Representation of a Lie group

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In mathematics and theoretical physics, the idea of a representation of a Lie group plays an important role in the study of continuous symmetry. A basic tool in their study being the use of the corresponding 'infinitesimal' representations of Lie algebras. [1] The physics literature sometimes passes over the distinction between Lie groups and Lie algebras.

Representations on a complex finite-dimensional vector space[edit]

Let us first discuss representations acting on finite-dimensional complex vector spaces. A representation of a Lie group G on a finite-dimensional complex vector space V is a smooth group homomorphism Ψ:G→Aut(V) from G to the automorphism group of V.

For n-dimensional V, the automorphism group of V is identified with a subset of the complex square matrices of order n. The automorphism group of V is given the structure of a smooth manifold using this identification. The condition that Ψ is smooth, in the definition above, means that Ψ is a smooth map from the smooth manifold G to the smooth manifold Aut(V).

If a basis for the complex vector space V is chosen, the representation can be expressed as a homomorphism into general linear group GL(n,C). This is known as a matrix representation.

Representations on a finite-dimensional vector space over an arbitrary field[edit]

A representation of a Lie group G on a vector space V (over a field K) is a smooth (i.e. respecting the differential structure) group homomorphism G→Aut(V) from G to the automorphism group of V. If a basis for the vector space V is chosen, the representation can be expressed as a homomorphism into general linear group GL(n,K). This is known as a matrix representation. Two representations of G on vector spaces V, W are equivalent if they have the same matrix representations with respect to some choices of bases for V and W.

On the Lie algebra level, there is a corresponding linear mapping from the Lie algebra of G to End(V) preserving the Lie bracket [ , ]. See representation of Lie algebras for the Lie algebra theory.

If the homomorphism is in fact a monomorphism, the representation is said to be faithful.

A unitary representation is defined in the same way, except that G maps to unitary matrices; the Lie algebra will then map to skew-hermitian matrices.

If G is a compact Lie group, every finite-dimensional representation is equivalent to a unitary one.[2]

Representations on Hilbert spaces[edit]

A representation of a Lie group G on a complex Hilbert space V is a group homomorphism Ψ:G → B(V) from G to B(V), the group of bounded linear operators of V which have a bounded inverse, such that the map G×VV given by (g,v) → Ψ(g)v is continuous.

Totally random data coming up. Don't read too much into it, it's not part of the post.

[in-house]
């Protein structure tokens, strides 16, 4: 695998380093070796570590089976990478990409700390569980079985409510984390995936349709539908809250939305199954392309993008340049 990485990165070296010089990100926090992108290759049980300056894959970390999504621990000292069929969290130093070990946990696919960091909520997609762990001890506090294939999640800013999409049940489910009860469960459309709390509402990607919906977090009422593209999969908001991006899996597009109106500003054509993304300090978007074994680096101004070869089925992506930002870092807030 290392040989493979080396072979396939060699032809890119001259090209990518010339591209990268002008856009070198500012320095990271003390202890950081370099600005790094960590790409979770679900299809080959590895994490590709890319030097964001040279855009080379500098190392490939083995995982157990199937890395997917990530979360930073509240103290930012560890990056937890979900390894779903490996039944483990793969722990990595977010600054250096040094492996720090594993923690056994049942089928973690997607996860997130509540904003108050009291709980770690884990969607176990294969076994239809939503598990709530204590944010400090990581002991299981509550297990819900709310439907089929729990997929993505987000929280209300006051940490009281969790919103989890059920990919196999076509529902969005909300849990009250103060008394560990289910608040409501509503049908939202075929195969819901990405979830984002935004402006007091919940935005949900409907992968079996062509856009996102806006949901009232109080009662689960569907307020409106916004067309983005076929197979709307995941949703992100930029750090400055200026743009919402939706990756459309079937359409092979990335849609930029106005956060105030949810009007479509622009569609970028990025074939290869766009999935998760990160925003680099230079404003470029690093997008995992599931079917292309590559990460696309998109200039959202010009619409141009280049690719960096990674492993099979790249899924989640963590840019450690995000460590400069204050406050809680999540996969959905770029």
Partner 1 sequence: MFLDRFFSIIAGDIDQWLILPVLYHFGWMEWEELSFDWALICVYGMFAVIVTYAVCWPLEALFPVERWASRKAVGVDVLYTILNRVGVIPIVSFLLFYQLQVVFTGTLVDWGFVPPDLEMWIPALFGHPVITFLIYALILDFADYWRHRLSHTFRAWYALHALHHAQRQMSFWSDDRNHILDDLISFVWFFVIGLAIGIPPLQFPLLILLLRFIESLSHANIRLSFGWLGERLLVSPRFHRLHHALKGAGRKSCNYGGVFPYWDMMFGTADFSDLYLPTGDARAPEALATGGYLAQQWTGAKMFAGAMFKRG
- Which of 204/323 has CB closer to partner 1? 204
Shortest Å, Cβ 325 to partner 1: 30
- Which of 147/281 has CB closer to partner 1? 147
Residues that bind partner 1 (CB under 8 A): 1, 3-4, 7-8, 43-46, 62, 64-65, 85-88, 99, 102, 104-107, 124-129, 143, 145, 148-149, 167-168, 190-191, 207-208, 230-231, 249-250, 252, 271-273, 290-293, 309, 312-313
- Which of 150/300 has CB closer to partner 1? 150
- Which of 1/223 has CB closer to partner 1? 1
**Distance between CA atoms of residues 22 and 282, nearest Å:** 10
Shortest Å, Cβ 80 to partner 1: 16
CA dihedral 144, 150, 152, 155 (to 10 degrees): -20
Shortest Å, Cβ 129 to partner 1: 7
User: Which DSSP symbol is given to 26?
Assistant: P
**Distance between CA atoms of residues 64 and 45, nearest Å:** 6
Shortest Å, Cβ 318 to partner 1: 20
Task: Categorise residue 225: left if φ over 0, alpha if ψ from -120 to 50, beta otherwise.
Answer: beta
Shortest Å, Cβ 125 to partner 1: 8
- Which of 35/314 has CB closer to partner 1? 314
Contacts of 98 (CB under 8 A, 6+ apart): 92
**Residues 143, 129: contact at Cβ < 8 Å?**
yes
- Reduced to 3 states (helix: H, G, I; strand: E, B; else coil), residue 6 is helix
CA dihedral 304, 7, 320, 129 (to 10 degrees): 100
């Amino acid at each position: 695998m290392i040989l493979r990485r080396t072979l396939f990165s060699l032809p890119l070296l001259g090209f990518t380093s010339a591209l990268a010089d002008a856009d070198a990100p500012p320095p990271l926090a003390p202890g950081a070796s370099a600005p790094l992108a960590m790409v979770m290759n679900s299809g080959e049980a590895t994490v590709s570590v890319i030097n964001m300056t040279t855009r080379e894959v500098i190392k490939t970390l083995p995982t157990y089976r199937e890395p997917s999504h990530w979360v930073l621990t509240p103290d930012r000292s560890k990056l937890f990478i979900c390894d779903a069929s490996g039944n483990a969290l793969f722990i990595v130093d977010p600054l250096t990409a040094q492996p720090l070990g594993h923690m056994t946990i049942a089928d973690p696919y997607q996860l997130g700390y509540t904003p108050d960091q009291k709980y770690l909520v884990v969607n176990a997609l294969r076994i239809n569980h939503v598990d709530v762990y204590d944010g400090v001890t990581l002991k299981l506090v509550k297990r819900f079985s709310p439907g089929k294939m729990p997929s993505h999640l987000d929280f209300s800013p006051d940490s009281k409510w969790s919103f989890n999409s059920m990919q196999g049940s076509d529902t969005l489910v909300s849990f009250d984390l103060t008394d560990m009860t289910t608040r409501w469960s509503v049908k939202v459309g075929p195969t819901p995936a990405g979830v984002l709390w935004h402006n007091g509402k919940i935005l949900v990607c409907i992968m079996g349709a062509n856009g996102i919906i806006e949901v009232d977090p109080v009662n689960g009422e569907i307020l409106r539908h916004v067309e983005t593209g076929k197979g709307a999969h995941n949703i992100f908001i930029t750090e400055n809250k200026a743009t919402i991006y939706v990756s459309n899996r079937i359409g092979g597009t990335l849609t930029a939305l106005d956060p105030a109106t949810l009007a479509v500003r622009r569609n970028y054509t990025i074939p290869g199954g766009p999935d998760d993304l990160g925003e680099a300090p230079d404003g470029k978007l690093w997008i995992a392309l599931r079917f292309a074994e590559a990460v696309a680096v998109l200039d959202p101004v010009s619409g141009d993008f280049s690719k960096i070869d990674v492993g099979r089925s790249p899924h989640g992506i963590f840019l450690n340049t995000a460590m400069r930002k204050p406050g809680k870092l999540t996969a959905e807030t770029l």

This definition can handle representations on infinite-dimensional Hilbert spaces. Such representations can be found in e.g. quantum mechanics, but also in Fourier analysis as shown in the following example.

Let G=R, and let the complex Hilbert space V be L2(R). We define the representation Ψ:R → B(L2(R)) by Ψ(r){f(x)} → f(r−1x).

See also Wigner's classification for representations of the Poincaré group.


If G is a semisimple group, its finite-dimensional representations can be decomposed as direct sums of irreducible representations.[3] The irreducibles are indexed by highest weight; the allowable (dominant) highest weights satisfy a suitable positivity condition.[4] In particular, there exists a set of fundamental weights, indexed by the vertices of the Dynkin diagram of G, such that dominant weights are simply non-negative integer linear combinations of the fundamental weights. The characters of the irreducible representations are given by the Weyl character formula.

If G is a commutative Lie group, then its irreducible representations are simply the continuous characters of G: see Pontryagin duality for this case.

A quotient representation is a quotient module of the group ring.

Formulaic examples[edit]

Let Fq be a finite field of order q and characteristic p. Let G be a finite group of Lie type, that is, G is the Fq-rational points of a connected reductive group G defined over Fq. For example, if n is a positive integer GL(n, Fq) and SL(n, Fq) are finite groups of Lie type. Let J = \left [ \begin{smallmatrix}0 & I_n \\ -I_n & 0\end{smallmatrix} \right ], where In is the n×n identity matrix. Let

Sp_2(\mathbb{F}_q) = \left \{ g \in GL_{2n}(\mathbb{F}_q) \mid ^tgJg = J \right \}.

Then Sp(2,Fq) is a symplectic group of rank n and is a finite group of Lie type. For G = GL(n, Fq) or SL(n, Fq) (and some other examples), the standard Borel subgroup B of G is the subgroup of G consisting of the upper triangular elements in G. A standard parabolic subgroup of G is a subgroup of G which contains the standard Borel subgroup B. If P is a standard parabolic subgroup of GL(n, Fq), then there exists a partition (n1, …, nr) of n (a set of positive integers n_j\,\! such that n_1 + \ldots + n_r = n\,\!) such that P = P_{(n_1,\ldots,n_r)} = M \times N, where M \simeq GL_{n_1}(\mathbb{F}_q) \times \ldots \times GL_{n_r}(\mathbb{F}_q) has the form

M = \left \{\left.\begin{pmatrix}A_1 & 0 & \cdots & 0 \\ 0 & A_2 & \cdots & 0 \\ \vdots & \ddots & \ddots & \vdots \\ 0 & \cdots & 0 & A_r\end{pmatrix}\right|A_j \in GL_{n_j}(\mathbb{F}_q), 1 \le j \le r \right \},


N=\left \{\begin{pmatrix}I_{n_1} & * & \cdots & * \\ 0 & I_{n_2} & \cdots & * \\ \vdots & \ddots & \ddots & \vdots \\ 0 & \cdots & 0 & I_{n_r}\end{pmatrix}\right\},

where *\,\! denotes arbitrary entries in \mathbb{F}_q.

See also[edit]


  1. ^ Schwichtenberg, Jakob. Physics from Symmetry. Springer. p. 38. ISBN 3319192000. 
  2. ^ Hall 2015 Theorem 4.28
  3. ^ Hall 2015 Theorem 10.9
  4. ^ Hall 2015 Theorems 9.4 and 9.5